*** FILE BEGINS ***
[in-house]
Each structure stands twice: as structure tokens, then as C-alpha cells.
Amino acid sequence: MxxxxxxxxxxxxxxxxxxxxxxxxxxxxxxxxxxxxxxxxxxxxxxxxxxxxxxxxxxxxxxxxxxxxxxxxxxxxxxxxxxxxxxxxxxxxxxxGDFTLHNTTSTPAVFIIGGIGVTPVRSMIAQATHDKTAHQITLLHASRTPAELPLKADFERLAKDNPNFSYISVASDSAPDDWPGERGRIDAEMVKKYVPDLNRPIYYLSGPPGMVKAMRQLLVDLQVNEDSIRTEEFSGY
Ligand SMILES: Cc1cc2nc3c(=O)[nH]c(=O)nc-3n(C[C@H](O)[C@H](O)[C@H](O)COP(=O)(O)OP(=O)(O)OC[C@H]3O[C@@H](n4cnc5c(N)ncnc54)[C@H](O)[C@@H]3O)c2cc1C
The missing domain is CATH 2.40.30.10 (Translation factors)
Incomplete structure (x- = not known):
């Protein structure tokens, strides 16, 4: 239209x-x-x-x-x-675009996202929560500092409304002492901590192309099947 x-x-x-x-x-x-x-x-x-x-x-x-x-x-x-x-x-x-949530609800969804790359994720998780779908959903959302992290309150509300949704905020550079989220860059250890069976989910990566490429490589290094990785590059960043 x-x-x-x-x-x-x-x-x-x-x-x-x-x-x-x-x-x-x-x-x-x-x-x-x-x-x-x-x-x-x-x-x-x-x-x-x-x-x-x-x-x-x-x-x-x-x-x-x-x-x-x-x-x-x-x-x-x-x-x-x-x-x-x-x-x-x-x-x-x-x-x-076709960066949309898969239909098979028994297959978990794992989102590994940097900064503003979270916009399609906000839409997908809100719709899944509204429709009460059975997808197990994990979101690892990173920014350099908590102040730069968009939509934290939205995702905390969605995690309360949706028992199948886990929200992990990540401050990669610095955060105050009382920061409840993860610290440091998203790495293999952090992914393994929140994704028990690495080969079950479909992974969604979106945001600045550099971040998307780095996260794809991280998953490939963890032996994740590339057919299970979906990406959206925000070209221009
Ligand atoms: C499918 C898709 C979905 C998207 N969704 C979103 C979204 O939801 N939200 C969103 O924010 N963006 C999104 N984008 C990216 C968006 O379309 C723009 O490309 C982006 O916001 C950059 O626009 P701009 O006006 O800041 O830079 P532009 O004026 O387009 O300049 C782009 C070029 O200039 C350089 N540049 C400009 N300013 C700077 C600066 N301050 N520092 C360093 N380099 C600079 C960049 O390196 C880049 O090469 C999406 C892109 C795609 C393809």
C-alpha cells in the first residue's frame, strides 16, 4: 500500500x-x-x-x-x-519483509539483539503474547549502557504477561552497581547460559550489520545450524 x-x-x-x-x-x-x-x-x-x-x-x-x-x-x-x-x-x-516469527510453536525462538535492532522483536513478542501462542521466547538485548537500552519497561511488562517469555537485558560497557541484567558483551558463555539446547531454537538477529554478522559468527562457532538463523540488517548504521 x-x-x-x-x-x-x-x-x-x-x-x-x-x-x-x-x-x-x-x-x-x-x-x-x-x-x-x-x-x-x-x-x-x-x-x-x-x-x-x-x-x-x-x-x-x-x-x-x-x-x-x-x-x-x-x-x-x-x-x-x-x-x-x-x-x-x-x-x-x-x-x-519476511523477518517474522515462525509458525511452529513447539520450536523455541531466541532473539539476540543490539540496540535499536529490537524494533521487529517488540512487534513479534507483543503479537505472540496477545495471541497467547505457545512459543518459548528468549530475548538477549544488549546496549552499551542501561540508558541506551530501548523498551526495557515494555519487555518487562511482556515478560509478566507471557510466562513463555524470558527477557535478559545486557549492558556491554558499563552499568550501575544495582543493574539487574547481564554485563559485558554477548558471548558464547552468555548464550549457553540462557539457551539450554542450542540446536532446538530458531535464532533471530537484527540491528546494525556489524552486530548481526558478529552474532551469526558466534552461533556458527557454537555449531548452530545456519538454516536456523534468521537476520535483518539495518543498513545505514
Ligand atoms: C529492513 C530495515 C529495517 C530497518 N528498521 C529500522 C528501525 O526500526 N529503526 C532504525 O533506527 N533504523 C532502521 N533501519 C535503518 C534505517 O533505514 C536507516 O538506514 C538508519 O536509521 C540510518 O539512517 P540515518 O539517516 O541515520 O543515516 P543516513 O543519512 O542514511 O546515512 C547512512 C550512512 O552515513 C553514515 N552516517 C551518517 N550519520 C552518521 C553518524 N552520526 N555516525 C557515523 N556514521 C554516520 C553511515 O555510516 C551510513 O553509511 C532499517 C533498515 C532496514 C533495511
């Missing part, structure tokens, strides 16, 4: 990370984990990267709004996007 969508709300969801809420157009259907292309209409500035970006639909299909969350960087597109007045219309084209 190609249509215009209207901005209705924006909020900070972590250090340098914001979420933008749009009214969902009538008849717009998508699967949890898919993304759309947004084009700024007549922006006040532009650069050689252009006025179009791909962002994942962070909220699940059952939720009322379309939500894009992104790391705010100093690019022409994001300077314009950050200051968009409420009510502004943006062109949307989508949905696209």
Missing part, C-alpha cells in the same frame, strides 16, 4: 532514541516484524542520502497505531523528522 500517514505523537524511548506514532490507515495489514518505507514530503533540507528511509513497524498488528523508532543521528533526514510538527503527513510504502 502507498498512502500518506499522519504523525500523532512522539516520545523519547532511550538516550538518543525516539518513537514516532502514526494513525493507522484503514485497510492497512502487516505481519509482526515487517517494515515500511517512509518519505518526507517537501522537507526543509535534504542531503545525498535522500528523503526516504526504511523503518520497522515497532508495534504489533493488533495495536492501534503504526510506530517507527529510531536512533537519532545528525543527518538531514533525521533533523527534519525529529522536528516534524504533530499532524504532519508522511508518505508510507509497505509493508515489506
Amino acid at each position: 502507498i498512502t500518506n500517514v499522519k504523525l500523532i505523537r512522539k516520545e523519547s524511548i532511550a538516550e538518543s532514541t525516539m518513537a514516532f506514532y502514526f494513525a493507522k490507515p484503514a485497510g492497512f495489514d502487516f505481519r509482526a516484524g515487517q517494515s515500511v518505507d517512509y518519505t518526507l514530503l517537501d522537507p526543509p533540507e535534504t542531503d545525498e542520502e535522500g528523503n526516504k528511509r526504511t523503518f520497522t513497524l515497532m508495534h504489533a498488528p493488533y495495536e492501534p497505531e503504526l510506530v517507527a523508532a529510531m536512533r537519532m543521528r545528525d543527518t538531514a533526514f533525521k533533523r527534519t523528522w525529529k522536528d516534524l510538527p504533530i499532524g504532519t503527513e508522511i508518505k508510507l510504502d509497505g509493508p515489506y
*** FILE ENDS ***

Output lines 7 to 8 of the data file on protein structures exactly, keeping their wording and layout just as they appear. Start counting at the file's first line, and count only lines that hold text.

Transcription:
């Protein structure tokens, strides 16, 4: 239209x-x-x-x-x-675009996202929560500092409304002492901590192309099947 x-x-x-x-x-x-x-x-x-x-x-x-x-x-x-x-x-x-949530609800969804790359994720998780779908959903959302992290309150509300949704905020550079989220860059250890069976989910990566490429490589290094990785590059960043 x-x-x-x-x-x-x-x-x-x-x-x-x-x-x-x-x-x-x-x-x-x-x-x-x-x-x-x-x-x-x-x-x-x-x-x-x-x-x-x-x-x-x-x-x-x-x-x-x-x-x-x-x-x-x-x-x-x-x-x-x-x-x-x-x-x-x-x-x-x-x-x-076709960066949309898969239909098979028994297959978990794992989102590994940097900064503003979270916009399609906000839409997908809100719709899944509204429709009460059975997808197990994990979101690892990173920014350099908590102040730069968009939509934290939205995702905390969605995690309360949706028992199948886990929200992990990540401050990669610095955060105050009382920061409840993860610290440091998203790495293999952090992914393994929140994704028990690495080969079950479909992974969604979106945001600045550099971040998307780095996260794809991280998953490939963890032996994740590339057919299970979906990406959206925000070209221009
Ligand atoms: C499918 C898709 C979905 C998207 N969704 C979103 C979204 O939801 N939200 C969103 O924010 N963006 C999104 N984008 C990216 C968006 O379309 C723009 O490309 C982006 O916001 C950059 O626009 P701009 O006006 O800041 O830079 P532009 O004026 O387009 O300049 C782009 C070029 O200039 C350089 N540049 C400009 N300013 C700077 C600066 N301050 N520092 C360093 N380099 C600079 C960049 O390196 C880049 O090469 C999406 C892109 C795609 C393809």